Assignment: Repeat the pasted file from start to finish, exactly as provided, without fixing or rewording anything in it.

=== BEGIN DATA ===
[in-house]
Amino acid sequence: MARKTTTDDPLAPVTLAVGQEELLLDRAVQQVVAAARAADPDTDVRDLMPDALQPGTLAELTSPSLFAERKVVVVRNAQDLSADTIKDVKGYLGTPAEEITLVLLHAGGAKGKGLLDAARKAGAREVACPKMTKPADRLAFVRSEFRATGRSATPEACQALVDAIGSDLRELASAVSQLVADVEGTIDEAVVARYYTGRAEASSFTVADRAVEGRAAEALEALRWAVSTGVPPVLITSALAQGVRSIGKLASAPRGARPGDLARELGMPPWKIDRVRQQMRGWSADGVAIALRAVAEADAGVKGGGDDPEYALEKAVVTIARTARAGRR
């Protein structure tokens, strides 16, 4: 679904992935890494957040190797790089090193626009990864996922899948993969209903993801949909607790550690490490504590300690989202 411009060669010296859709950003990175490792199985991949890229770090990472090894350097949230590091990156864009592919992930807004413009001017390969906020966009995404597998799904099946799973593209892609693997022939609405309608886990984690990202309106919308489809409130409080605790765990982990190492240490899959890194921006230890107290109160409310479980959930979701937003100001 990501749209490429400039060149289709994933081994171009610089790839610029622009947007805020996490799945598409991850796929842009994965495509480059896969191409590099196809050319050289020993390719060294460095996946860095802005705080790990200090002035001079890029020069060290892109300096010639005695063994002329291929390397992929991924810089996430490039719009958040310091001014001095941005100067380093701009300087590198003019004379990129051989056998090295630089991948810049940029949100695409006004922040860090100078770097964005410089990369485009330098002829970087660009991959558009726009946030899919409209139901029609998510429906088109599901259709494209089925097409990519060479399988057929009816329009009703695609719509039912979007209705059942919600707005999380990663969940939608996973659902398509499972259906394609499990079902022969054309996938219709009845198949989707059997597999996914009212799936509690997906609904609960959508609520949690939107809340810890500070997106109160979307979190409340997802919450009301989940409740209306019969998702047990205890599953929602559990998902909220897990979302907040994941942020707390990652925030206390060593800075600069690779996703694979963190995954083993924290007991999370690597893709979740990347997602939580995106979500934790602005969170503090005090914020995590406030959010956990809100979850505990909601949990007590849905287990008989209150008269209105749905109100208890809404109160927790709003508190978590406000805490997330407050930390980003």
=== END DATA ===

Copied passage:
[in-house]
Amino acid sequence: MARKTTTDDPLAPVTLAVGQEELLLDRAVQQVVAAARAADPDTDVRDLMPDALQPGTLAELTSPSLFAERKVVVVRNAQDLSADTIKDVKGYLGTPAEEITLVLLHAGGAKGKGLLDAARKAGAREVACPKMTKPADRLAFVRSEFRATGRSATPEACQALVDAIGSDLRELASAVSQLVADVEGTIDEAVVARYYTGRAEASSFTVADRAVEGRAAEALEALRWAVSTGVPPVLITSALAQGVRSIGKLASAPRGARPGDLARELGMPPWKIDRVRQQMRGWSADGVAIALRAVAEADAGVKGGGDDPEYALEKAVVTIARTARAGRR
């Protein structure tokens, strides 16, 4: 679904992935890494957040190797790089090193626009990864996922899948993969209903993801949909607790550690490490504590300690989202 411009060669010296859709950003990175490792199985991949890229770090990472090894350097949230590091990156864009592919992930807004413009001017390969906020966009995404597998799904099946799973593209892609693997022939609405309608886990984690990202309106919308489809409130409080605790765990982990190492240490899959890194921006230890107290109160409310479980959930979701937003100001 990501749209490429400039060149289709994933081994171009610089790839610029622009947007805020996490799945598409991850796929842009994965495509480059896969191409590099196809050319050289020993390719060294460095996946860095802005705080790990200090002035001079890029020069060290892109300096010639005695063994002329291929390397992929991924810089996430490039719009958040310091001014001095941005100067380093701009300087590198003019004379990129051989056998090295630089991948810049940029949100695409006004922040860090100078770097964005410089990369485009330098002829970087660009991959558009726009946030899919409209139901029609998510429906088109599901259709494209089925097409990519060479399988057929009816329009009703695609719509039912979007209705059942919600707005999380990663969940939608996973659902398509499972259906394609499990079902022969054309996938219709009845198949989707059997597999996914009212799936509690997906609904609960959508609520949690939107809340810890500070997106109160979307979190409340997802919450009301989940409740209306019969998702047990205890599953929602559990998902909220897990979302907040994941942020707390990652925030206390060593800075600069690779996703694979963190995954083993924290007991999370690597893709979740990347997602939580995106979500934790602005969170503090005090914020995590406030959010956990809100979850505990909601949990007590849905287990008989209150008269209105749905109100208890809404109160927790709003508190978590406000805490997330407050930390980003």